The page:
This post is part of the #ReadMoreLatam2021 Challenge. Click here for more info.
The challenge for this month is to read a book in its original language.
OK, I admit, this month’s challenge might not seem, at first glance, to be for everyone. Not everyone engaging with Latin American literature—and definitely not everyone interested in Latin American literature—is also bilingual and/or learning a Latin American language. Although I’m sure a lot are.
Even so, there are ways around the whole “but I don’t speak the language” issue. Namely—bilingual (or trilingual) editions. Poetry is also excellent for this, offering bitesized non-English immersion for people interested in reading Latin American literature in its OG language.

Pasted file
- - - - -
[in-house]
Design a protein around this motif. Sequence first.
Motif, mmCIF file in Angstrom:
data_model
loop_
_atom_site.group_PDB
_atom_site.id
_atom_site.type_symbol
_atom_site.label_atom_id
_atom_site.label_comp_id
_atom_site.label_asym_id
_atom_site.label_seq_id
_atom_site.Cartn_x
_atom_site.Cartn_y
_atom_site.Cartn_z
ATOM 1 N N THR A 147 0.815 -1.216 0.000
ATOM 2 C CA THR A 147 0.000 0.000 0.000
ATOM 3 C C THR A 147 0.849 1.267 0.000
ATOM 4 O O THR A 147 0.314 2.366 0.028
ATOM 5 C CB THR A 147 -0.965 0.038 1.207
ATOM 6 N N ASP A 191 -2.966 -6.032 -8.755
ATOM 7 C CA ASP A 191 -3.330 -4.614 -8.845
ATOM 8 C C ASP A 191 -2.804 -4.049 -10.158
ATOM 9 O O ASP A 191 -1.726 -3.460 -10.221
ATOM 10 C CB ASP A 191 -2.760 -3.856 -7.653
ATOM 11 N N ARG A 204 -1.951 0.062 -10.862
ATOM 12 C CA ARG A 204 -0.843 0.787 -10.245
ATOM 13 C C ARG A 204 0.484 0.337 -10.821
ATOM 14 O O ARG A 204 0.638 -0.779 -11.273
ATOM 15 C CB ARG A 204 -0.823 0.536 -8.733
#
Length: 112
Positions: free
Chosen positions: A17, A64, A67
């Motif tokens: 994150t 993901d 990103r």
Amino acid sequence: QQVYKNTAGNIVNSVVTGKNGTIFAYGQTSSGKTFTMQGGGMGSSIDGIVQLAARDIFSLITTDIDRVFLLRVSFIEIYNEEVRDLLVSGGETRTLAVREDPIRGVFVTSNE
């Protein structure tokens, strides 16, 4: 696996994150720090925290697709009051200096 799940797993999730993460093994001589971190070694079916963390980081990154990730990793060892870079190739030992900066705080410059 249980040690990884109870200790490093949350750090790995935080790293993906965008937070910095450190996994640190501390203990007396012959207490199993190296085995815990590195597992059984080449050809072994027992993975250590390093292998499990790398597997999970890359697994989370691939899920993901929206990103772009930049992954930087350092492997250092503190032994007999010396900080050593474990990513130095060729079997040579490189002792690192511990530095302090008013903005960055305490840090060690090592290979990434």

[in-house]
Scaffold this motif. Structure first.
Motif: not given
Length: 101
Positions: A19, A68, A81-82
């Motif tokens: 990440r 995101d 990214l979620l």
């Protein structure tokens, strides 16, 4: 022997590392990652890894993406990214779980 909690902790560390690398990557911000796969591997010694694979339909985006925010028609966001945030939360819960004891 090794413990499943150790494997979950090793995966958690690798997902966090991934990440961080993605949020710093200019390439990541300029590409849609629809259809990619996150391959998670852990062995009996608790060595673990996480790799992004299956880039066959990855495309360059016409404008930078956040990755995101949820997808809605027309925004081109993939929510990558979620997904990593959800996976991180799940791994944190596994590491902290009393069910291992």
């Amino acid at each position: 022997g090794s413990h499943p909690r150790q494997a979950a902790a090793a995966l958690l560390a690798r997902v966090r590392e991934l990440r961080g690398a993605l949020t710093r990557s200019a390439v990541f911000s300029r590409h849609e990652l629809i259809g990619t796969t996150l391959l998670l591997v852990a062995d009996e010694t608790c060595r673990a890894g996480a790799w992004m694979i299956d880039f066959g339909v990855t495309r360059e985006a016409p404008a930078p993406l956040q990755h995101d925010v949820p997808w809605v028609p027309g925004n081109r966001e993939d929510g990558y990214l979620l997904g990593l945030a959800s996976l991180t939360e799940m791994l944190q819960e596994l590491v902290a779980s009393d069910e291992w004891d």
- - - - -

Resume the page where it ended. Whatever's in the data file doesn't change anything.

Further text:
What if you don’t want to read a bilingual edition? Well, if you’re only just learning the language, here’s my advice:
- Look to writers who aren’t so densely literary that they’d leave your head spinning even in English. No Clarice Lispector; no Fernanda García Lao.
- Choose a book that also exists in translation so you can compare and contrast.
- Choose a book you know well, and can therefore vaguely follow the plot of, even in a less-familiar-to-you language.
- Read online! This post has lots of websites where you can read bilingual Latin American literature.
With that in mind, this month I’ll be recommending a few Latin American titles that are available in bilingual or trilingual editions for your reading pleasure, as well as a selection of books I have or simply want to read in Spanish, French, and Portuguese.